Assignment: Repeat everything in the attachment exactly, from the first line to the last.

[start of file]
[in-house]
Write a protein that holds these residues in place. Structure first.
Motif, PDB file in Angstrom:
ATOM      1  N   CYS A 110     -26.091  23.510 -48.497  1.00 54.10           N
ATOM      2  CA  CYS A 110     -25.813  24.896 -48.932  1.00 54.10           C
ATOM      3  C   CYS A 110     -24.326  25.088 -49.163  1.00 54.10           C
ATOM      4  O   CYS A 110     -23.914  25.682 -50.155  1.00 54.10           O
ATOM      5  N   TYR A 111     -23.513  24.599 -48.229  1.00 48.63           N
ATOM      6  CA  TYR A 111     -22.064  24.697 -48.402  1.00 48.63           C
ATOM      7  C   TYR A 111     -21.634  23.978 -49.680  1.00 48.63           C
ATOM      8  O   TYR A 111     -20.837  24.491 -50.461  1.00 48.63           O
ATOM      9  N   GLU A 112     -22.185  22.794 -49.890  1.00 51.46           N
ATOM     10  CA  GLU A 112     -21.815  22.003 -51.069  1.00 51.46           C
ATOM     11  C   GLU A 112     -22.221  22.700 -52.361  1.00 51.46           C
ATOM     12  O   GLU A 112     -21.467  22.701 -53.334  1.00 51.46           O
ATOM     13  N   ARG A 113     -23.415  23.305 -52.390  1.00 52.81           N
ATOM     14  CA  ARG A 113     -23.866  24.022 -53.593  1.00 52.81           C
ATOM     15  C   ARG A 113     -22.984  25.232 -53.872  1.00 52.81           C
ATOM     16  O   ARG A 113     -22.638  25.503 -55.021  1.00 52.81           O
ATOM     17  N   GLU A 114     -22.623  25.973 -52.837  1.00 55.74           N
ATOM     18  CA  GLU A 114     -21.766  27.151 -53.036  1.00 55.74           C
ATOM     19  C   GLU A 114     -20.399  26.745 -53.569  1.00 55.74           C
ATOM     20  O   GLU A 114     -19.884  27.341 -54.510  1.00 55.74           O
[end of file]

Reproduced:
[in-house]
Write a protein that holds these residues in place. Structure first.
Motif, PDB file in Angstrom:
ATOM      1  N   CYS A 110     -26.091  23.510 -48.497  1.00 54.10           N
ATOM      2  CA  CYS A 110     -25.813  24.896 -48.932  1.00 54.10           C
ATOM      3  C   CYS A 110     -24.326  25.088 -49.163  1.00 54.10           C
ATOM      4  O   CYS A 110     -23.914  25.682 -50.155  1.00 54.10           O
ATOM      5  N   TYR A 111     -23.513  24.599 -48.229  1.00 48.63           N
ATOM      6  CA  TYR A 111     -22.064  24.697 -48.402  1.00 48.63           C
ATOM      7  C   TYR A 111     -21.634  23.978 -49.680  1.00 48.63           C
ATOM      8  O   TYR A 111     -20.837  24.491 -50.461  1.00 48.63           O
ATOM      9  N   GLU A 112     -22.185  22.794 -49.890  1.00 51.46           N
ATOM     10  CA  GLU A 112     -21.815  22.003 -51.069  1.00 51.46           C
ATOM     11  C   GLU A 112     -22.221  22.700 -52.361  1.00 51.46           C
ATOM     12  O   GLU A 112     -21.467  22.701 -53.334  1.00 51.46           O
ATOM     13  N   ARG A 113     -23.415  23.305 -52.390  1.00 52.81           N
ATOM     14  CA  ARG A 113     -23.866  24.022 -53.593  1.00 52.81           C
ATOM     15  C   ARG A 113     -22.984  25.232 -53.872  1.00 52.81           C
ATOM     16  O   ARG A 113     -22.638  25.503 -55.021  1.00 52.81           O
ATOM     17  N   GLU A 114     -22.623  25.973 -52.837  1.00 55.74           N
ATOM     18  CA  GLU A 114     -21.766  27.151 -53.036  1.00 55.74           C
ATOM     19  C   GLU A 114     -20.399  26.745 -53.569  1.00 55.74           C
ATOM     20  O   GLU A 114     -19.884  27.341 -54.510  1.00 55.74           O